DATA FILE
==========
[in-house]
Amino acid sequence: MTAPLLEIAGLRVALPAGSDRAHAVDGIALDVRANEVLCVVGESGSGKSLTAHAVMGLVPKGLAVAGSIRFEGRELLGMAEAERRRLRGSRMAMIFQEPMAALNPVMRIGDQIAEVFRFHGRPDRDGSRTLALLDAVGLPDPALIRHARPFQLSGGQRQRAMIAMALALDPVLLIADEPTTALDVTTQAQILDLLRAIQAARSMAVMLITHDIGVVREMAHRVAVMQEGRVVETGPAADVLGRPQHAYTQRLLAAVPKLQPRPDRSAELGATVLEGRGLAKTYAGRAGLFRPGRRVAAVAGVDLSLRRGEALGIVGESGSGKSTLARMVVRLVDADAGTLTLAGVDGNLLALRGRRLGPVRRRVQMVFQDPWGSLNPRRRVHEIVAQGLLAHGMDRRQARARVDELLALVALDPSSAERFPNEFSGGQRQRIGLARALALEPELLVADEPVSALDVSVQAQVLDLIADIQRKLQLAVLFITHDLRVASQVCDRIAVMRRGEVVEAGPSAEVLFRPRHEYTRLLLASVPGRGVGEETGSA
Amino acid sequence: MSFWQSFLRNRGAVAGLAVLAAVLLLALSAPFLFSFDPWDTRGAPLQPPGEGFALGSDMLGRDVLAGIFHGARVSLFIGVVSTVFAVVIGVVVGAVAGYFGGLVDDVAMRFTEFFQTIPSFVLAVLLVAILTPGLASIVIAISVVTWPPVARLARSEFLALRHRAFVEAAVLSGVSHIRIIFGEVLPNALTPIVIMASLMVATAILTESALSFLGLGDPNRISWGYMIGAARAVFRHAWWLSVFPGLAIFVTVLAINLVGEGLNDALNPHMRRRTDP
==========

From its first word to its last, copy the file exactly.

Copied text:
[in-house]
Amino acid sequence: MTAPLLEIAGLRVALPAGSDRAHAVDGIALDVRANEVLCVVGESGSGKSLTAHAVMGLVPKGLAVAGSIRFEGRELLGMAEAERRRLRGSRMAMIFQEPMAALNPVMRIGDQIAEVFRFHGRPDRDGSRTLALLDAVGLPDPALIRHARPFQLSGGQRQRAMIAMALALDPVLLIADEPTTALDVTTQAQILDLLRAIQAARSMAVMLITHDIGVVREMAHRVAVMQEGRVVETGPAADVLGRPQHAYTQRLLAAVPKLQPRPDRSAELGATVLEGRGLAKTYAGRAGLFRPGRRVAAVAGVDLSLRRGEALGIVGESGSGKSTLARMVVRLVDADAGTLTLAGVDGNLLALRGRRLGPVRRRVQMVFQDPWGSLNPRRRVHEIVAQGLLAHGMDRRQARARVDELLALVALDPSSAERFPNEFSGGQRQRIGLARALALEPELLVADEPVSALDVSVQAQVLDLIADIQRKLQLAVLFITHDLRVASQVCDRIAVMRRGEVVEAGPSAEVLFRPRHEYTRLLLASVPGRGVGEETGSA
Amino acid sequence: MSFWQSFLRNRGAVAGLAVLAAVLLLALSAPFLFSFDPWDTRGAPLQPPGEGFALGSDMLGRDVLAGIFHGARVSLFIGVVSTVFAVVIGVVVGAVAGYFGGLVDDVAMRFTEFFQTIPSFVLAVLLVAILTPGLASIVIAISVVTWPPVARLARSEFLALRHRAFVEAAVLSGVSHIRIIFGEVLPNALTPIVIMASLMVATAILTESALSFLGLGDPNRISWGYMIGAARAVFRHAWWLSVFPGLAIFVTVLAINLVGEGLNDALNPHMRRRTDP